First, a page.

I recently had the pleasure of returning to Pulp Crazy, this time to talk about Blood of Ancient Opar and also to read aloud the book’s first chapter. Check it out on the embedded YouTube video below or download the mp3 audio file from Pulp Crazy’s website here.
Blood of Ancient Opar is one part thrilling adventure in the pulp tradition, one part exploration of human nature, and one part solemn family drama worthy of Kurosawa, and if another drop of ink is never expended on Opar, then no better capstone could be asked for than Blood of Ancient Opar.
Read the entire review here.
I’ve been very fortunate to have Bob Eggleton illustrate a number of my books. The cover paintings for my duology of novellas set in Philip José Farmer’s Ancient Opar—Hadon, King of Opar and Blood of Ancient Opar—are particularly stunning and define, respectively, Opar and its adjoining valley in my mind. In fact, the artwork inspired scenes that I incorporated into the narrative of both novellas. Bob, of course, also painted a striking, apocalyptic panorama of Khokarsa, the larger empire of which Opar is a part, details of which grace the covers of the Restored Edition of Flight to Opar and The Song of Kwasin.
I’m a reader that likes to hold a book in my hand before I purchase it, and I know I’m not alone. So here’s a page-through video tour of the new Meteor House reprint of The Song of Kwasin to give you an idea of the bounty of bonus materials featured in this definitive edition of the novel.
On September 1, 1973, at the fourteenth annual Dum-Dum convention in honor of Edgar Rice Burroughs, Philip José Farmer made an exciting announcement about a new series he was writing: one set in an ancient civilization of which the lost city of Opar was but one far-flung queendom. The convention was held at the Royal York Hotel in Toronto, Ontario, Canada, and hosted by the Burroughs Bibliophiles in conjunction with the 31st World Science Fiction Convention (TorCon II). Fortunately, an audio recording exists, which you can listen to below.
Farmer was the banquet speaker at the Burroughs convention. He was introduced by Burroughs Bulletin founding editor (and close friend of Phil and his wife Bette) Vern Coriell, who remarked during his introduction that the only reason Phil hadn’t won a Hugo Award that year is because they didn’t have a category for “Biography.” The previous year, Doubleday had published Phil’s Tarzan Alive: A Definitive Biography of Lord Greystoke.
As a prelude to this announcement, Farmer discusses Tarzan Alive and his anthology on feral humans, Mother Was a Lovely Beast. The Ancient Opar announcement is at the 10:12 mark.
Listen to Philip José Farmer’s complete banquet address to the Burroughs Bibliophiles below.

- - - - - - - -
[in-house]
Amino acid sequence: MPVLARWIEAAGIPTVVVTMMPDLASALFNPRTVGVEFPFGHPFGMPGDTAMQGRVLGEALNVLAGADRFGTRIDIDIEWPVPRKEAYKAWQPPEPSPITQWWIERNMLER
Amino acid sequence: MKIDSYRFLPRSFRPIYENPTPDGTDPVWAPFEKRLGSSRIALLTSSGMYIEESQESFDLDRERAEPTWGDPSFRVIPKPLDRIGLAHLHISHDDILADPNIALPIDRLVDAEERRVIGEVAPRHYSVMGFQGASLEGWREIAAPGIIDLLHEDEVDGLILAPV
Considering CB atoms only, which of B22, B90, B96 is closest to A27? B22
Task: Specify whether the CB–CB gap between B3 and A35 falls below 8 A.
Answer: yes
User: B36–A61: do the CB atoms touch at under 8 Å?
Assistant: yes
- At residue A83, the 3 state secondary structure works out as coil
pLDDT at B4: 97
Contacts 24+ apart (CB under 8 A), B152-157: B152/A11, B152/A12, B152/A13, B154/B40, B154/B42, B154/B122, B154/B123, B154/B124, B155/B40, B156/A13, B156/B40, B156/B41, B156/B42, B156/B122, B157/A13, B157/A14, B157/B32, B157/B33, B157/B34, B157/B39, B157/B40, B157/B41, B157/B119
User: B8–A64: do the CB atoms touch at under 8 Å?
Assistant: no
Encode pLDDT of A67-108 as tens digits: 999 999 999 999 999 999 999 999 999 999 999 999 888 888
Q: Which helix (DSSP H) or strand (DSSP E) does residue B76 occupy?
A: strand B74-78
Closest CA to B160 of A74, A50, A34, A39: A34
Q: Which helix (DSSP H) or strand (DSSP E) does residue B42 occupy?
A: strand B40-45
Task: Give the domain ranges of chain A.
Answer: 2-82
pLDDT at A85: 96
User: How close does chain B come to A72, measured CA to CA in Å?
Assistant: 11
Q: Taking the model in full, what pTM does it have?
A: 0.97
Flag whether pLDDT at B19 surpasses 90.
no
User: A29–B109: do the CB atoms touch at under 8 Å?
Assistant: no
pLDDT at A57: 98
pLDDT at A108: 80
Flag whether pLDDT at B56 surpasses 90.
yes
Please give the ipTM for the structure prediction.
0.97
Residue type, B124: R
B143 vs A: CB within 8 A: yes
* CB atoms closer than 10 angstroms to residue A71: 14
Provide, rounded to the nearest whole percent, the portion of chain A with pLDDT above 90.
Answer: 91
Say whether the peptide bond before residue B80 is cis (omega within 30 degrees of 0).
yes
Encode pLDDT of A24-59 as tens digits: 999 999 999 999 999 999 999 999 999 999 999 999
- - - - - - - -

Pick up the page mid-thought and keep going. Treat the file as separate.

Some interesting observations about the address:
- You can hear Phil pronouncing the name “Hadon,” the hero of Hadon of Ancient Opar and Flight to Opar. Just as he indicated in his article “The Khokarsan Language” (available in the Restored Edition of Flight to Opar published by Meteor House in 2015), he pronounces the “a” as “a low central spread vowel (as in Spanish)” and the “o” as “a mid-back rounded vowel (as in Spanish).” On other words: “Hä-dōn.”
- Phil announces that Richard Corben would illustrate the cover of the first edition of Hadon of Ancient Opar. However, plans must have changed along the way, since Roy G. Krenkel ended up as the final cover artist. Corben later went on to illustrate the 1975 Fokker D-LXIX Press edition of A Feast Unknown.
- Phil mentions that he envisioned the Ancient Opar series would encompass about ten books. He lived to write only three novels in the series (Hadon of Ancient Opar, Flight to Opar, and The Song of Kwasin), but the tale of Khokarsa continues to unfold in books such as Exiles of Kho, Hadon, King of Opar, and the forthcoming Blood of Ancient Opar.
- Phil mentions Frank Brueckel and John Harwood’s essay on the history of Opar, which inspired his Ancient Opar series. While the lengthy article was then scheduled to appear in the Burroughs Bulletin, it never did. Many years later, however, the monograph was finally published in the book Heritage of the Flaming God, ed. Alan Hanson and Michael Winger, which is available here.
- The “Ian” whom Phil calls out to in the audience in regard to the publication of John Flint Roy’s A Guide to Barsoom is publisher Ian Ballantine.
- My favorite quote from this banquet address is a somewhat prophetic one: “Now I think it’s a measure of a writer’s true importance in the field of literature if the writer generates a tremendous amount of work past his own work.”